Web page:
Faced with widespread expense account abuse by lawmakers, a majority of Britons in a recent poll are calling for an early national election so they can choose a new Parliament.

Radio phone-ins were jammed Friday with voters debating the merits of an immediate national election, following a poll which showed that 54 percent of Britons want to go to the ballot box as soon as possible — despite the fact that Prime Minister Gordon Brown says now is not the time.

For the past 15 days, voters have been greeted by front-page splashes detailing lawmakers expense excesses. They have charged taxpayers for items ranging from moat cleaning to floating duck houses, chandelier installation and toilet seats.

The public, facing an economic crisis, is upset with lawmakers over using taxpayer money for things that have nothing to do with their jobs.

The political future of a senior lawmaker with the governing Labor Party was in doubt Friday after the Telegraph newspaper reported he claimed expenses for a London apartment that was home to his grown daughter and allegedly tried to cover up the arrangement.

An opposition Conservative Party lawmaker also was named Friday by the paper for claiming expenses on a property that was home to her daughter.

One lawmaker said members of Parliament are worried about more then just their jobs. Conservative lawmaker Nadine Dorries raised alarm bells over potential suicides among members of Parliament.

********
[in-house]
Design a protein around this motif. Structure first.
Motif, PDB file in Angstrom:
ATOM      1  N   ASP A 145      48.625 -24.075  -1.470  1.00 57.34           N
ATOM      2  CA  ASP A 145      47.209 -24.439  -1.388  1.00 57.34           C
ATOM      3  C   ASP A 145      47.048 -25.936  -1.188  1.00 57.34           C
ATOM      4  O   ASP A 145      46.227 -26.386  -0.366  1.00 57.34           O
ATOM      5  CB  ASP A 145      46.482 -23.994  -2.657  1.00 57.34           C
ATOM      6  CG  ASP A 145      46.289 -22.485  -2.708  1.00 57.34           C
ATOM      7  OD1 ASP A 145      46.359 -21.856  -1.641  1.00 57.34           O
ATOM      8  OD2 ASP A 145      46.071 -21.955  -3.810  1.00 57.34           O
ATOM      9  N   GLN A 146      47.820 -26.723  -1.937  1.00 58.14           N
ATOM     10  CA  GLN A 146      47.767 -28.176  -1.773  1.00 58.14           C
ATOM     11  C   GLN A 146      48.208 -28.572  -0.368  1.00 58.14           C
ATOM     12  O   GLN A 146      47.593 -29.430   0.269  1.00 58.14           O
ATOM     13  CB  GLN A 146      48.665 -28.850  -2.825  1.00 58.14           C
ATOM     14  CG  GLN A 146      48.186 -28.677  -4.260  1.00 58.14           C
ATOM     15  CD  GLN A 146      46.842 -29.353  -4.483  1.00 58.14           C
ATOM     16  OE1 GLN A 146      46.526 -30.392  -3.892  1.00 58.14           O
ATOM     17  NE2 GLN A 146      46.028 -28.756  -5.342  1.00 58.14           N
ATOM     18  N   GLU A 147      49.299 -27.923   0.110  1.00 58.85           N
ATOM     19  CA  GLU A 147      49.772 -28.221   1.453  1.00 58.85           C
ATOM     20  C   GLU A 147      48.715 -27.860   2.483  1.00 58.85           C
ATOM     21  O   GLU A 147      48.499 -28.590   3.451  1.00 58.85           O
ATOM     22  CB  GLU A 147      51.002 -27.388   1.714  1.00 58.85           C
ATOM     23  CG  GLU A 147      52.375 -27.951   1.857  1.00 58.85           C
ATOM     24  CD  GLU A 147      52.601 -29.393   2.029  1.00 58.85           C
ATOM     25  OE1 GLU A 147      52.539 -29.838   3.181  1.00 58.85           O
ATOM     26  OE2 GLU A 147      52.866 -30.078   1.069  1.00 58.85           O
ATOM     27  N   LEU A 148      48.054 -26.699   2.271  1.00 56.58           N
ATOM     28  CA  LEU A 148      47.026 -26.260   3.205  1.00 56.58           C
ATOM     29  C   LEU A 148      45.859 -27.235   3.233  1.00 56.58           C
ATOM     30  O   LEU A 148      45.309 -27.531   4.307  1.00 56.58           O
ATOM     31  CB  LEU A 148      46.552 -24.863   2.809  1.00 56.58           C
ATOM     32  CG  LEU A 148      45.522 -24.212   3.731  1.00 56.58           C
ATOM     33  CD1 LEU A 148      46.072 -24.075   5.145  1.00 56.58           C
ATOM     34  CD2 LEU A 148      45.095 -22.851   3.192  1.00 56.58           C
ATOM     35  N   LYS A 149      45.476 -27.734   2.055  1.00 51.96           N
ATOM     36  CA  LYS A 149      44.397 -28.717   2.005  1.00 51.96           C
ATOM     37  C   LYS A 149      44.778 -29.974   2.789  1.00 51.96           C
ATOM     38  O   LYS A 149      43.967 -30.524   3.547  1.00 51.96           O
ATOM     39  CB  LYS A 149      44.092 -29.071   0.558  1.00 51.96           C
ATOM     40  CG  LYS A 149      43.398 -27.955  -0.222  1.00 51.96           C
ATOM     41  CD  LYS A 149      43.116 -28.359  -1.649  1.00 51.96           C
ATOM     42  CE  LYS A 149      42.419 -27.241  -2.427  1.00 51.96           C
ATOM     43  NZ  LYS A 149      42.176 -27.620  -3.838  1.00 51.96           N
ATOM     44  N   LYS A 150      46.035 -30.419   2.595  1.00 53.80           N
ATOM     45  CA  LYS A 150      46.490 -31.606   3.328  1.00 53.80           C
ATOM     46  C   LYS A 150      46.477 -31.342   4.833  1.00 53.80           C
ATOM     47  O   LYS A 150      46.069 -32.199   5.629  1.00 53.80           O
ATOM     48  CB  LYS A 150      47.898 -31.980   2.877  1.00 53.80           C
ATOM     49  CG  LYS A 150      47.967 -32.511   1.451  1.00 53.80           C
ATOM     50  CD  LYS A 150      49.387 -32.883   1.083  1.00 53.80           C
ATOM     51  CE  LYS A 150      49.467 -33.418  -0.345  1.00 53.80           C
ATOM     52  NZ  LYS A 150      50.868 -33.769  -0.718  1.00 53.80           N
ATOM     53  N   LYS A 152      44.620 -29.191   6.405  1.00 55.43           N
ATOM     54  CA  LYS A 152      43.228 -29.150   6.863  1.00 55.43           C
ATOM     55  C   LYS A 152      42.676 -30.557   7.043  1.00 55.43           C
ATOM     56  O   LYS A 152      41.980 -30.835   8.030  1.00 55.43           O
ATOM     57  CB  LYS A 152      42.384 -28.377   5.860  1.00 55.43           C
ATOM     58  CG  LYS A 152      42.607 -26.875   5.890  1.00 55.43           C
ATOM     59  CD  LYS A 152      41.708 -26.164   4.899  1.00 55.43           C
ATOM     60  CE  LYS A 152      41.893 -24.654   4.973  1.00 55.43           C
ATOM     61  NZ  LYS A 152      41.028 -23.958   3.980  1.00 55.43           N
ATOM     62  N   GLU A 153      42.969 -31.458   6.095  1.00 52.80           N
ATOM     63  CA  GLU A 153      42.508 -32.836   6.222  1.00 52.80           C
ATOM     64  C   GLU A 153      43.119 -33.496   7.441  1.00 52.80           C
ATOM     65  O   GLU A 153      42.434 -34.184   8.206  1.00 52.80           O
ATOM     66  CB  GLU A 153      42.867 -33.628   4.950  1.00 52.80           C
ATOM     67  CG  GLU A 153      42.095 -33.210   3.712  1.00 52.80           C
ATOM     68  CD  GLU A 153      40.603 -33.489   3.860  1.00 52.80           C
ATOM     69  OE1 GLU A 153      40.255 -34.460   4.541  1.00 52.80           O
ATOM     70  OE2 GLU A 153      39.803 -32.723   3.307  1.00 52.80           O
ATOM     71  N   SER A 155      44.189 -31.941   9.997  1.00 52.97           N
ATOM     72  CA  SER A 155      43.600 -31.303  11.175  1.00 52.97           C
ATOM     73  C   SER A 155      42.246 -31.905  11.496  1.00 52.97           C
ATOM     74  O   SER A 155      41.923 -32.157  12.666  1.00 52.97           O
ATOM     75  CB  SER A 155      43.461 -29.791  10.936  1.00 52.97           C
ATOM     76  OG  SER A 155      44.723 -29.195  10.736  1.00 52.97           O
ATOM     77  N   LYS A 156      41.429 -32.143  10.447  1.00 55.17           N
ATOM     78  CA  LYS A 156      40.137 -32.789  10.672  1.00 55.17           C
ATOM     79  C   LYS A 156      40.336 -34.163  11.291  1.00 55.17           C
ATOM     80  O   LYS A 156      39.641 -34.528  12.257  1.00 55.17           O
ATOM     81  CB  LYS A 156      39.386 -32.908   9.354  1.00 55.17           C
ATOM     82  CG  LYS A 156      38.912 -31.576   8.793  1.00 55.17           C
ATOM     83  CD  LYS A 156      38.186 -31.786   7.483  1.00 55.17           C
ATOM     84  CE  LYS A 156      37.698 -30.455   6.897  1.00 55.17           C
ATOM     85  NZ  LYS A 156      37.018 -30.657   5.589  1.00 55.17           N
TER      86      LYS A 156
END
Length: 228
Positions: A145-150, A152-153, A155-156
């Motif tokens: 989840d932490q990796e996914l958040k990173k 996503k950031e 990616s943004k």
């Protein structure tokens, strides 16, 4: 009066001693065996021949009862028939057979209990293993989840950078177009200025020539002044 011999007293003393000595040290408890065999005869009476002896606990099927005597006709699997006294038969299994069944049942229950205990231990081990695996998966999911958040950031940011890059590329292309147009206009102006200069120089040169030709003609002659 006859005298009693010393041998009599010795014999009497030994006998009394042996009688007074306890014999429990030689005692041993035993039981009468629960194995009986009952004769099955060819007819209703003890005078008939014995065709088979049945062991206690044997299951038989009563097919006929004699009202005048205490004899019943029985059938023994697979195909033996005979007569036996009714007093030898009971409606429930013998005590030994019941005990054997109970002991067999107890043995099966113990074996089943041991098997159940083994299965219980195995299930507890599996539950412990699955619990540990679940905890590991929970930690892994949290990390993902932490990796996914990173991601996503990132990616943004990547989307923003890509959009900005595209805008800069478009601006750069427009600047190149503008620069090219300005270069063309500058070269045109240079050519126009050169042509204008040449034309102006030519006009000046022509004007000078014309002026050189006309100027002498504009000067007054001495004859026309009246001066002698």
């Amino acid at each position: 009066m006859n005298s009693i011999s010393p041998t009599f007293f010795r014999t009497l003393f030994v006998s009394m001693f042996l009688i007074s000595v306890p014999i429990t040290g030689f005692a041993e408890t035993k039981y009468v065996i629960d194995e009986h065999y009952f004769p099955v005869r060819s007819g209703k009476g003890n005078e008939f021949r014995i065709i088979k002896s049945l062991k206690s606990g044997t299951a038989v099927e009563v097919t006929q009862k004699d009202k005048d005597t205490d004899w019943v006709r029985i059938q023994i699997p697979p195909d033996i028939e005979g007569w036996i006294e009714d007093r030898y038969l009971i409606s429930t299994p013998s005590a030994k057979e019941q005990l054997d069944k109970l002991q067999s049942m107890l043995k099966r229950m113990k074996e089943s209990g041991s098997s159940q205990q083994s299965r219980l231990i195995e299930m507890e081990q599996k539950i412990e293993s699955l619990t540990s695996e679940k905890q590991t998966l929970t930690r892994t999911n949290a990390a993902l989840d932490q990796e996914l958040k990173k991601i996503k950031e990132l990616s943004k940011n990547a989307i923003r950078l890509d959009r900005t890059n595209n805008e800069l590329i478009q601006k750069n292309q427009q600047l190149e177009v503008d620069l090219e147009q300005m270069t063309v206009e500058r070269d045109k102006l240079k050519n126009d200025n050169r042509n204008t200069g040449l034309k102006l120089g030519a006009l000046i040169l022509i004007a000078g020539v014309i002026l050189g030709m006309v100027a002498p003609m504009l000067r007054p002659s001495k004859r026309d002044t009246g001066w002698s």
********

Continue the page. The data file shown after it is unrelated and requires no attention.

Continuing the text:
Dorries accused the Telegraph of launching a witchhunt resembling the 1950s campaign against suspected communists in the United States by the late Sen. Joseph McCarthy.

"I think people are seriously beginning to crack," she told BBC Radio Friday. "There is real serious concern that this has gotten to the point now which is almost unbearable for any human being to deal with."

The Conservative Party office later put out a statement saying her statements were made without its "authorization or support."

And some of Dorries' fellow lawmakers scoffed at the idea that members of Parliament were deserving of sympathy.

"McCarthy's victims were innocent and no MP is innocent. Even people who didn't claim were still complicit in the situation," Labor lawmaker Stephen Pound said.

The Populus Poll released Thursday night for ITV News showed 39 percent of voters support the Conservative Party — 12 points ahead of the 27 percent who back Brown's Labor Party.

Populus interviewed 1,000 adults by telephone this week, and gave a margin of error for the survey's results of plus or minus 3 percentage points.

Numerous lawmakers from both parties have been caught up in the scandal, and the poll indicates voters are increasingly inclined to back fringe parties — with nearly one in five voters saying that's where their support lies.

Brown is required by law to call an election by the middle of next year. The lawmakers in his Labor party appear to be in bigger political trouble than their opposition rivals and have been pressuring Brown to take steps to boost the party's brand.

He is widely expected to reshuffle his Cabinet next month, possibly demoting some lawmakers tainted by the expense scandal.

While the majority of voters say they think a poll should be called as soon as possible, it's not clear that they all would end up turning out.

The scandal appears to have increased voter apathy. Only 45 percent of people polled said they were certain to vote in the next election, down from 57 percent before the revelations came out.